Election aftermath: Picking up the pieces
By Christopher Adamo
web posted November 20, 2006
In the tumultuous aftermath of the 2006 mid-term elections, virtually every known political subgroup is attempting to "interpret" the election results as proof that the side it represents is winning the day.
It is undeniable that many complex circumstances converged last Tuesday to yield the current results. However, the public is being deluged with disingenuous and factually inconsistent "analyses" of the elections. For the most part, the self-serving motives of those engaged in such fraud are readily apparent.
To begin with, it must be conceded that the shift in Washington's political landscape cannot be explained away as merely a result of standard mid-term electoral shifts. While that dynamic played a role, by itself, it simply would not have been sufficient to overshadow other concerns among the electorate.
But neither can the left honestly contend that the public was making a decisive statement against the prosecution of the terror war. Those who reflexively oppose the war were already firmly lodged in the liberal/Democrat camp. And while they provide the party with a sizable and reliable liberal "base," their numbers could not have prevailed against a motivated and inspired conservative voting block.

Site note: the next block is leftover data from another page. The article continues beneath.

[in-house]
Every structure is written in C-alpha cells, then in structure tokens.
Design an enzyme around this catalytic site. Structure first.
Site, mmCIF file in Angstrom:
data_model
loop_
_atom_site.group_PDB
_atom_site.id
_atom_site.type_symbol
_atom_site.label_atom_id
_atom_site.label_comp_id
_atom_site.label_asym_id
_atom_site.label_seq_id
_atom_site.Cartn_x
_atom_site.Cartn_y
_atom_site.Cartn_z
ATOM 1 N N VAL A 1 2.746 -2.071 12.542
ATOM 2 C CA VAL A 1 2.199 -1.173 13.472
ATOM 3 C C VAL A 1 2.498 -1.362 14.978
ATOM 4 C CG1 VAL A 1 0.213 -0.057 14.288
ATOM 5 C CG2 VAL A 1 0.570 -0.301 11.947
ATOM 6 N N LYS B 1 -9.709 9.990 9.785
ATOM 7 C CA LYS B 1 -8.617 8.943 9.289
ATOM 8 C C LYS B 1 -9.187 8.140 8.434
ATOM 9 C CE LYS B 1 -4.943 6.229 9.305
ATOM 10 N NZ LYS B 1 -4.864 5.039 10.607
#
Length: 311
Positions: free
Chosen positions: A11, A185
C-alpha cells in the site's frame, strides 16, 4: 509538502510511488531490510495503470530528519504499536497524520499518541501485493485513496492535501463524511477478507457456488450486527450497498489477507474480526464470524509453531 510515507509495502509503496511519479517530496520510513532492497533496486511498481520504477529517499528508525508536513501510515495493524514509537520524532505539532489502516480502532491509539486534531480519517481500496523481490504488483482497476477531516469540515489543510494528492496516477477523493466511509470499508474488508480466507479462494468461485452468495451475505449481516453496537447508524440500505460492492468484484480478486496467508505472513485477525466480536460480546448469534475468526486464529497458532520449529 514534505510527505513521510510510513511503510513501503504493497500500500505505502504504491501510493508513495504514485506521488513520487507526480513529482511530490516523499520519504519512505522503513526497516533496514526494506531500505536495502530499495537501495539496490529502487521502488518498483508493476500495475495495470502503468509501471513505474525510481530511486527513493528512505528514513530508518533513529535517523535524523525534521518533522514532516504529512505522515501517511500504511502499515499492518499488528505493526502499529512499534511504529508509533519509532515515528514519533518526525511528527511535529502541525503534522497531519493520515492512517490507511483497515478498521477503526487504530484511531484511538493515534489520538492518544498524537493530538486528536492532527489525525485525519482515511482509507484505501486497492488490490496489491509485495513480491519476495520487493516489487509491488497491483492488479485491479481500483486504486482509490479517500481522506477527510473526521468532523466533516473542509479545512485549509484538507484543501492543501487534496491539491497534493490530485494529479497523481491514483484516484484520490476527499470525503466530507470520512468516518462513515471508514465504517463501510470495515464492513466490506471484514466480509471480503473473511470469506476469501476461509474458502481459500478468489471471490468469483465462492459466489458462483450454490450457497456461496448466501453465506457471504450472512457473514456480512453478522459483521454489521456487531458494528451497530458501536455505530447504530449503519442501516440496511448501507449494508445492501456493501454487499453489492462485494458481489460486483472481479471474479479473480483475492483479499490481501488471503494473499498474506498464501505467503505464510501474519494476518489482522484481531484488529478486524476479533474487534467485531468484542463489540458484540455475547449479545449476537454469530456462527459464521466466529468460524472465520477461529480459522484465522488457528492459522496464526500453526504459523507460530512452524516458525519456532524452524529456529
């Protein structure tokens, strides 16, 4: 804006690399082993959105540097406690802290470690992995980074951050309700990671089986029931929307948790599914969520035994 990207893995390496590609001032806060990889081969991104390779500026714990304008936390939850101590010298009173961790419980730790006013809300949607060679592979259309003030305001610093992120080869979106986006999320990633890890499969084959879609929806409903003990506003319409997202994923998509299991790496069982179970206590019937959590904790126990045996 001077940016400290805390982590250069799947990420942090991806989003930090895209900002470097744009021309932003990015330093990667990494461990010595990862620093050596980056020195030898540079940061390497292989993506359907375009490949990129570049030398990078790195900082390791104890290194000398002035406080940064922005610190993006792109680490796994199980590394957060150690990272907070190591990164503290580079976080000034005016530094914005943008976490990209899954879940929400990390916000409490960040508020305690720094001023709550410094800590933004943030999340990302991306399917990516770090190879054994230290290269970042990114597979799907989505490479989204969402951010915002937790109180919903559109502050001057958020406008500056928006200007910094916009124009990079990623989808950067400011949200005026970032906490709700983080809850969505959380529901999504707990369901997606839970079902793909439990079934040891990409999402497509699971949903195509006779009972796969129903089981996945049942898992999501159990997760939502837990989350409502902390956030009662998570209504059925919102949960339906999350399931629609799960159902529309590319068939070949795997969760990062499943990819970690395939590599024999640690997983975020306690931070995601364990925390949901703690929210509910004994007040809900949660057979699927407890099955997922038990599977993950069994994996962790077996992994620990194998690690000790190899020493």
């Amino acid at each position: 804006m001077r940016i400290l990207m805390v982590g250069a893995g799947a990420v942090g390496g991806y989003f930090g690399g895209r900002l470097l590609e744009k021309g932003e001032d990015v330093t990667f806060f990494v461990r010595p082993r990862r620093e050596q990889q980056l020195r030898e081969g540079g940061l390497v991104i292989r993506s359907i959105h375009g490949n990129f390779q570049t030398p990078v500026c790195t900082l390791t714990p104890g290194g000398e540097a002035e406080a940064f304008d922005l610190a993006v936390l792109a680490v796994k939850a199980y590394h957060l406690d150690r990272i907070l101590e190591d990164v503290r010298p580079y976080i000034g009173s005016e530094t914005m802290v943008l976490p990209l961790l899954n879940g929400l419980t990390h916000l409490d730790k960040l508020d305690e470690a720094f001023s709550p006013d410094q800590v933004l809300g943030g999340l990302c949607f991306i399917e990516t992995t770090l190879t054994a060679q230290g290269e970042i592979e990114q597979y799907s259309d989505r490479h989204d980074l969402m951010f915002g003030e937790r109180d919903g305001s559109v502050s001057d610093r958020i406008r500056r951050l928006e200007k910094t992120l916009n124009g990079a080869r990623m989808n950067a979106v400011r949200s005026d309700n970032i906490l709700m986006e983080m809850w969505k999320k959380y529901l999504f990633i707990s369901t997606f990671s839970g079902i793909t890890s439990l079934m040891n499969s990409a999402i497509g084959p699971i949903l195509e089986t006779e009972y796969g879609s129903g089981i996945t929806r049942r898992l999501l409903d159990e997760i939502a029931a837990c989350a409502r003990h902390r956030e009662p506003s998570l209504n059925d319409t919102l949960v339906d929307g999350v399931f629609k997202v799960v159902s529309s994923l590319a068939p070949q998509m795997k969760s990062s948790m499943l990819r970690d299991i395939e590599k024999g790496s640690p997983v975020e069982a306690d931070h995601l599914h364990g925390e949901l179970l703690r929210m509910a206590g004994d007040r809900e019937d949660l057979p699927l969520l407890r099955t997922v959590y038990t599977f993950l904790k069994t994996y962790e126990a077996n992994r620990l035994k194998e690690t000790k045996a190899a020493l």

Ultimately, it was the absence of such inspiration and motivation on the right that once again allowed the left to assume dominance. As has been the case for over four decades, Republican electoral fortunes can be directly correlated to the Party's willingness to firmly embrace and courageously advance the conservative agenda. The GOP, partly in deference to its current president, abandoned this course during the past few years, and is now paying the price.
Despite bogus liberal claims that the country wants "moderates" and leftists to set its future course, both the campaign tactics and a thorough analysis of election results attest strongly to the contrary. Moreover, the fraudulent manner in which Democrat leaders are "interpreting" those election results proves that they are still about the same business as has consumed them over the years, which is the acquisition of power at any cost, with an intent to hold onto it by every available means.
Consider some of the key races on which Democrat fortunes rested. Incumbent Republican Senator Rick Santorum of Pennsylvania lost by a considerable margin to Democrat Bob Casey. But while Santorum has indeed been a stalwart conservative, Casey's claim to fame is that of being the son of former Pennsylvania Governor Bob Casey, a hero of the pro-life movement and advocate of traditional values.
Even in this bluest of blue states, the Democrat had to ride the coattails of a venerated conservative father in order to establish credibility with the voters. Elsewhere in the country, the pattern is repeated.
In an apparent repudiation of his strong advocacy of border security, Arizona Republican Congressman J.D. Hayworth lost to Democrat Harry Mitchell. Yet concurrently in Arizona, strong anti-illegal ballot measures passed handily, flatly refuting media spin that Hayworth suffered as a result of his opposition to open borders.